This is an archived release.
Highest immigration ever in 2010
In 2010, 73 850 immigrations and 31 500 emigrations were registered. Both are the highest numbers ever. Net migration was 42 350; down 1 000 from the highest ever registered (2008). Polish and Baltic citizens contributed with 38 per cent of the net migration.
Of the 65 100 immigrants having citizenship other than Norwegian, 41 700 or 64 per cent were citizens of EU member countries. Similar percentages could also be seen in the 1960s, but the share decreased and as late as in 2003 was at 37 per cent. Extensive immigration in previous years has been due to large numbers of refugees, but in later years, labour immigration from Poland in particular, but also from Sweden, Lithuania and Germany accounts for the high net immigration.
Seven out of ten immigrants are Europeans
A total of 45 600 Europeans with citizenship other than Norwegian immigrated, and as has been usual for recent years, Polish citizens made up the largest group (11 300), up by almost 1 000 from the previous year. Swedish citizens followed next, with 7 600, which is 1 600 more than in 2009. Lithuanian citizens made the largest increase; their 6 600 immigrations are twice as many as the year before. Icelandic citizens continued arriving, and their 1 700 immigrations were up 100 from 2009, which was the first year they arrived in considerable numbers. Immigration by citizens from refugee countries like Eritrea, Somalia and Afghanistan increased somewhat, from 4 300 for the three countries combined in 2009 to 5 000 in 2010.
The immigration of African citizens was at around 3 000 at the turn of the millennium, but has since increased and reached 5 700 last year. From Asia, 10 700 immigrated, within the upper limit of what the number has been for the last years.
Highest emigration ever among foreign citizens
Of the 31 500 who emigrated, 22 500 were foreign citizens, which is the highest figure ever registered, not far from twice the average for the last 20 years. While Polish citizens for the first and only time made up the largest group in 2009, the Swedish citizens again made up the largest group in 2010 with their 4 300 emigrations compared with the 3 700 Polish. There was then a big leap down to the German citizens, with 1 200 emigrations.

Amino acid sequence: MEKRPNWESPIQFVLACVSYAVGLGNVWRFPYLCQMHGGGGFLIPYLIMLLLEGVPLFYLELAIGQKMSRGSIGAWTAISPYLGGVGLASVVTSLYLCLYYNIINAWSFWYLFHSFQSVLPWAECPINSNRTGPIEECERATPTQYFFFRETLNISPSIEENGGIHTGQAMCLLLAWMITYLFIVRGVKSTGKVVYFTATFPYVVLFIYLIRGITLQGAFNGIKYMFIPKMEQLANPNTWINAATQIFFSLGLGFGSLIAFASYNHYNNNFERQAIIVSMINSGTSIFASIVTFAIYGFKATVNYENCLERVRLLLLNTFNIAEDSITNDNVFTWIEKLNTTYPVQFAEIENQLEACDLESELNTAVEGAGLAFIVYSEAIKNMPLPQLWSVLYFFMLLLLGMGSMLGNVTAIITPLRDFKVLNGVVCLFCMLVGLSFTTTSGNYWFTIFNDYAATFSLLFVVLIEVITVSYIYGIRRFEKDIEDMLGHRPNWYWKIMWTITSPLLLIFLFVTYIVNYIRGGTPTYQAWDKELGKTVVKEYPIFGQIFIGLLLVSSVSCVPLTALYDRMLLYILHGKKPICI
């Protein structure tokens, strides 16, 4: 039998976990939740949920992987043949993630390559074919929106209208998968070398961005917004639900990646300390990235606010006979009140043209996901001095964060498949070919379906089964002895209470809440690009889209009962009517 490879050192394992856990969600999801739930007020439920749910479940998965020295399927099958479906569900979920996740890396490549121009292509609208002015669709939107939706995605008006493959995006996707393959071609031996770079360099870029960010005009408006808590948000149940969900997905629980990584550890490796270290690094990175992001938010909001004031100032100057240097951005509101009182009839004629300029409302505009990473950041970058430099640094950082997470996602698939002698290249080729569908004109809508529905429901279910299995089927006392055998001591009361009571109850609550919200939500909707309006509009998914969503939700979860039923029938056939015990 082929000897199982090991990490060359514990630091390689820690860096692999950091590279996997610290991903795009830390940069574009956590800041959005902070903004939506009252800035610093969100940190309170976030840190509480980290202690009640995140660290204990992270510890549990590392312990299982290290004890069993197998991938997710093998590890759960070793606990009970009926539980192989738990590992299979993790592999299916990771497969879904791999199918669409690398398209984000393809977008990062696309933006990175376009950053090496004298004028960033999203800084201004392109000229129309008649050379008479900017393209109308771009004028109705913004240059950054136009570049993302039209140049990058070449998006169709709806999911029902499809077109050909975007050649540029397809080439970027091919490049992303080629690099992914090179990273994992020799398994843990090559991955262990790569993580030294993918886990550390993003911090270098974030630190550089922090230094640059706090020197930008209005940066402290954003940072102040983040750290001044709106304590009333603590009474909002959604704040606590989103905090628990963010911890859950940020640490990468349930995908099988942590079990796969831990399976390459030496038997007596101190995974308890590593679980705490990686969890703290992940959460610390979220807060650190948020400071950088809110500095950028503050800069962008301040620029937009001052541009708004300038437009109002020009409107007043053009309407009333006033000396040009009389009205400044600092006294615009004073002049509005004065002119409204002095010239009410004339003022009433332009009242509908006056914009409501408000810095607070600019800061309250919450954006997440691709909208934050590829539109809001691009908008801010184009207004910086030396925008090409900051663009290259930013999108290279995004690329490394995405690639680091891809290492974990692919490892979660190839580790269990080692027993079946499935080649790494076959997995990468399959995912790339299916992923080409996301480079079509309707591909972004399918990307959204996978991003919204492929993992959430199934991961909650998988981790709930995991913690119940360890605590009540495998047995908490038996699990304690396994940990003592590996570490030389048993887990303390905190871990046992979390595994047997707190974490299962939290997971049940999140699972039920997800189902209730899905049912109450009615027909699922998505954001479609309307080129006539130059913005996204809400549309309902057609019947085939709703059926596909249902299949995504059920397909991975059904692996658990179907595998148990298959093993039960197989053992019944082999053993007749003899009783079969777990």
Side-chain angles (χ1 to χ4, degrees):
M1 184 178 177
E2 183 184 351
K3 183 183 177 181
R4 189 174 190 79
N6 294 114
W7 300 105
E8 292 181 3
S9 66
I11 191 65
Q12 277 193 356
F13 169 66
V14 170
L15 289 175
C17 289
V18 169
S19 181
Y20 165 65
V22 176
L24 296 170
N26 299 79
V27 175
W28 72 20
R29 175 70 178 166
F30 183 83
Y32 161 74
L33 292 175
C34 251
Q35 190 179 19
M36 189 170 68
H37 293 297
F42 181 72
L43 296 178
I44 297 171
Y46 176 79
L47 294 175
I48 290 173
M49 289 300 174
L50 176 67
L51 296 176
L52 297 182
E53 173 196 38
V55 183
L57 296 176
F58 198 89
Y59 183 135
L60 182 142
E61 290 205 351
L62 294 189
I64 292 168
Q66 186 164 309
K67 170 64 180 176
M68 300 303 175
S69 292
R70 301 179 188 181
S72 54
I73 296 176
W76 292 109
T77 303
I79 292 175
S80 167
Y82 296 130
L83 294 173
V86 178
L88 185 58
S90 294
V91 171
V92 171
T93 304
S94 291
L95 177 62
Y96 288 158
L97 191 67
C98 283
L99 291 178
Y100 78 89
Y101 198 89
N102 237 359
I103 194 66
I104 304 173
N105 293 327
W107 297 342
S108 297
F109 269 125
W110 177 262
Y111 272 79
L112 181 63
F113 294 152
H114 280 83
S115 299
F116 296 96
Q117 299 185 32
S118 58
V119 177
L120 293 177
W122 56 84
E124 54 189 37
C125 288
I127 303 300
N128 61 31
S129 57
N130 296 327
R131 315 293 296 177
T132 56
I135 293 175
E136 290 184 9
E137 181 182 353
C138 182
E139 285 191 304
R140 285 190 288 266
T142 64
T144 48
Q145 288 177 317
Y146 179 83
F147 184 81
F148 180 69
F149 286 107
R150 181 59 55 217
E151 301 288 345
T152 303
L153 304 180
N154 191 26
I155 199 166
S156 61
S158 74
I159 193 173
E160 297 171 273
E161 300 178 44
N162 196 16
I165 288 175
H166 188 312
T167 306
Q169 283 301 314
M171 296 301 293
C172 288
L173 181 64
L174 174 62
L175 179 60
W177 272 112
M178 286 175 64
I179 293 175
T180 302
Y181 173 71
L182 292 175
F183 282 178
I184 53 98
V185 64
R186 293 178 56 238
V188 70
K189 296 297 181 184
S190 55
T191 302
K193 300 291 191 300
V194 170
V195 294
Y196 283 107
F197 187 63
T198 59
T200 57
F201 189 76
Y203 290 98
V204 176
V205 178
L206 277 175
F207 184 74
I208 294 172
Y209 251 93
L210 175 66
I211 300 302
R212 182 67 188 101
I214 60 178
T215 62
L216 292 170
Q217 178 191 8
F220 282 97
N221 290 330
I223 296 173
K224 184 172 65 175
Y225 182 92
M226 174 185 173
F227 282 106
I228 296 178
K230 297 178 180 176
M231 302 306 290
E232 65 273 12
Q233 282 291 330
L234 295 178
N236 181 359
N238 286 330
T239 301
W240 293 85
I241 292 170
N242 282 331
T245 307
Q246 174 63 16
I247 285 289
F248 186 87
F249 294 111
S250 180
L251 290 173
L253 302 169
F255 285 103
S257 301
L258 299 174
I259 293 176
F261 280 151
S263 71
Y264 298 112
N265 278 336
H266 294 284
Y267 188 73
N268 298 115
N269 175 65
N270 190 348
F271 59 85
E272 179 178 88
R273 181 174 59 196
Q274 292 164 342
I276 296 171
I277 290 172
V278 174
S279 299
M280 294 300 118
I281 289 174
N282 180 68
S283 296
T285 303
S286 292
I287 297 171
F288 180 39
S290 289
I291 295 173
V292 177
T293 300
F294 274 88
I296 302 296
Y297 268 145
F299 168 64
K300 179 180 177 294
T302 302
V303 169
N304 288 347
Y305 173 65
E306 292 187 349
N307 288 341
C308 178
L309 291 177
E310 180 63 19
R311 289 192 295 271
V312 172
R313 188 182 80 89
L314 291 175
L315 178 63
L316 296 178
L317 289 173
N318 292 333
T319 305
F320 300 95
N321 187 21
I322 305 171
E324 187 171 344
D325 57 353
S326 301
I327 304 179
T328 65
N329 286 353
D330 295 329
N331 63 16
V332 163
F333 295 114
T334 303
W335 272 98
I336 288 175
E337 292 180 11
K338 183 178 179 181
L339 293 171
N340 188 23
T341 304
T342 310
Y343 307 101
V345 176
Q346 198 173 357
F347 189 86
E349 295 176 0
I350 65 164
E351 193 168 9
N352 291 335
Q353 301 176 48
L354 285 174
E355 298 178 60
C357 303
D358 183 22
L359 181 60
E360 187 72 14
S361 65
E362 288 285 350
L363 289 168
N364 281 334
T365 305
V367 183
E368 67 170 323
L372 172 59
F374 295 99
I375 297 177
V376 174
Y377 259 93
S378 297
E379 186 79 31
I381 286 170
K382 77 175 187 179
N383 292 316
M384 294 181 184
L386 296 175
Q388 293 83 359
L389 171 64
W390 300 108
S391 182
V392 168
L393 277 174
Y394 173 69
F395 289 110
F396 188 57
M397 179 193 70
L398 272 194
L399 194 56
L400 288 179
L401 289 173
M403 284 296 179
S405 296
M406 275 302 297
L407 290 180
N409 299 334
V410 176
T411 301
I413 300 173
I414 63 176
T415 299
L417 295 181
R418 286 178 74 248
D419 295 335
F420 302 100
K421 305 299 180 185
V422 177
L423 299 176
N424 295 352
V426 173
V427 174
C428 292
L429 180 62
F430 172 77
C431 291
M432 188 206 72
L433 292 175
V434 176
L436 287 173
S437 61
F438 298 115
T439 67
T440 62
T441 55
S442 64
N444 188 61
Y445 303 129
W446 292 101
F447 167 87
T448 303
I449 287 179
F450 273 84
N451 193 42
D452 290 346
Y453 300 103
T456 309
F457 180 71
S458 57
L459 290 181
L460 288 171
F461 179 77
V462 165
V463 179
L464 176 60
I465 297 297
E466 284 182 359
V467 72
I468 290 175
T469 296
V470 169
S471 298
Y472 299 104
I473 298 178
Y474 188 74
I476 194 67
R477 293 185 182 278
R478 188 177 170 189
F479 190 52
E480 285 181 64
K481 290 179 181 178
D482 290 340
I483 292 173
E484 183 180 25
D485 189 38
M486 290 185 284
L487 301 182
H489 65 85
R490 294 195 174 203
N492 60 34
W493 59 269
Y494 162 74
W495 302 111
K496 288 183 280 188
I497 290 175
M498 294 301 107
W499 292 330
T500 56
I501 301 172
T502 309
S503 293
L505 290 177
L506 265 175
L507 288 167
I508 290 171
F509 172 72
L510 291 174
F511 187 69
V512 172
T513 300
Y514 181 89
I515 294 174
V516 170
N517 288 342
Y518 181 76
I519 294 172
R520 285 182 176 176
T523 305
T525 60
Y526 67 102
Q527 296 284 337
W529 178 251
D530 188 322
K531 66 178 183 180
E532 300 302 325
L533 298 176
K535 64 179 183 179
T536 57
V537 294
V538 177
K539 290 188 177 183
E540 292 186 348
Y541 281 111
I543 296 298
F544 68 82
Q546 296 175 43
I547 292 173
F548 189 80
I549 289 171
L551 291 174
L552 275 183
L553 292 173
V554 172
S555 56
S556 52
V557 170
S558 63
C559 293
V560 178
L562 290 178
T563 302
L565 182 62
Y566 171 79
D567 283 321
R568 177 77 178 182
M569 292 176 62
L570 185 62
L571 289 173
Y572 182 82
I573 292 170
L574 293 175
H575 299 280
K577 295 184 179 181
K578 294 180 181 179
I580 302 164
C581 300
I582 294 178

Polish citizens had the highest net migration (immigration less emigration), with 7 600; up 700 from 2009, but this was still far from the 11 900 in 2008. They were followed by Lithuanian and Swedish citizens, with 5 800 and 3 300 respectively. For the Lithuanians, this was more than twice the number of 2009.
Where did they settle?
Oslo had the highest number of net immigration with 7 500, followed by Rogaland and Hordaland with 4 900 and 4 400 respectively. Oslo/Akershus and Rogaland/Hordaland together constituted almost half of Norway’s total net migration. Their share of Norway’s population is almost as big - 42 per cent - but their share of the net migration has varied from 67 per cent at the beginning of the 1980s to 34 per cent in 2003.
Almost two thirds of the Swedish immigrants moved to Oslo/Akershus, as did three quarters of the Pakistani citizens, although their number is far less. Around half of the Icelandic, British, Rumanian and Latvian citizens moved to Agder/Rogaland and Western Norway. One third of the Finnish, Russian and Afghan citizens moved to Northern Norway and Trøndelag.
Only 21 out of the 430 municipalities saw no net immigration from abroad.
Large share of Norwegian citizens among the immigrants
In total, 8 800 or 12 per cent of all immigrants were Norwegian citizens in 2010. Norwegian citizens account for a considerable share of the immigration from some countries, where they may be students or professionals. Many Norwegian citizens spend large parts of the year in other countries, but the number reporting their migration is relatively small. A total of 9 000 Norwegian citizens emigrated, resulting in a net out-migration of 200.
Most immigrations by Norwegian citizens take place from Denmark and Sweden; 1 600 from each of these countries. As for other European countries, 650 took place from the UK and 550 from Spain. From outside Europe, the Norwegian citizens migrating from the USA made up the largest group, with 700 of the total 1 700 migrations from that country.
Denmark and Sweden also received most Norwegian citizens; between 1 900 and 2 200 emigrated to each of these countries. The UK, which 700 Norwegian citizens emigrated to, was the third largest country in Europe for receiving Norwegian citizens. Spain received 350. Outside Europe, the USA was the largest country in this respect; 700 of the total 1 150 emigrating to that country were Norwegian citizens. Few naturalised Norwegian citizens return to countries in Asia, Africa or the Balkans.
- Table 1 Immigration and emigration. 1951-2010
- Table 2 Immigration/emigration, by county. 1966-2010
- Table 3 Immigration, by country. 1966-2010
- Table 4 Emigration, by country. 1966-2010
- Table 5 Net in-migration, by country. 1966-2010
- Table 6 Immigration and emigration, by sex, age and marital status of migrants. 2010
- Table 7 Immigration and emigration, by sex and age of migrants. 2010
- Table 8 Immigration, emigration and net immigration, by sex, age of migrants and county. 2010
- Table 9 Immigration and emigration, by citizenship, 2010
- Table 10 Immigration and emigration, by Norwegian/foreign citizenship and country of immigration/emigration. 2010
- Table 11 Immigration, by citizenship and region. 2010
- Table 12 Emigration, by citizenship and region. 2010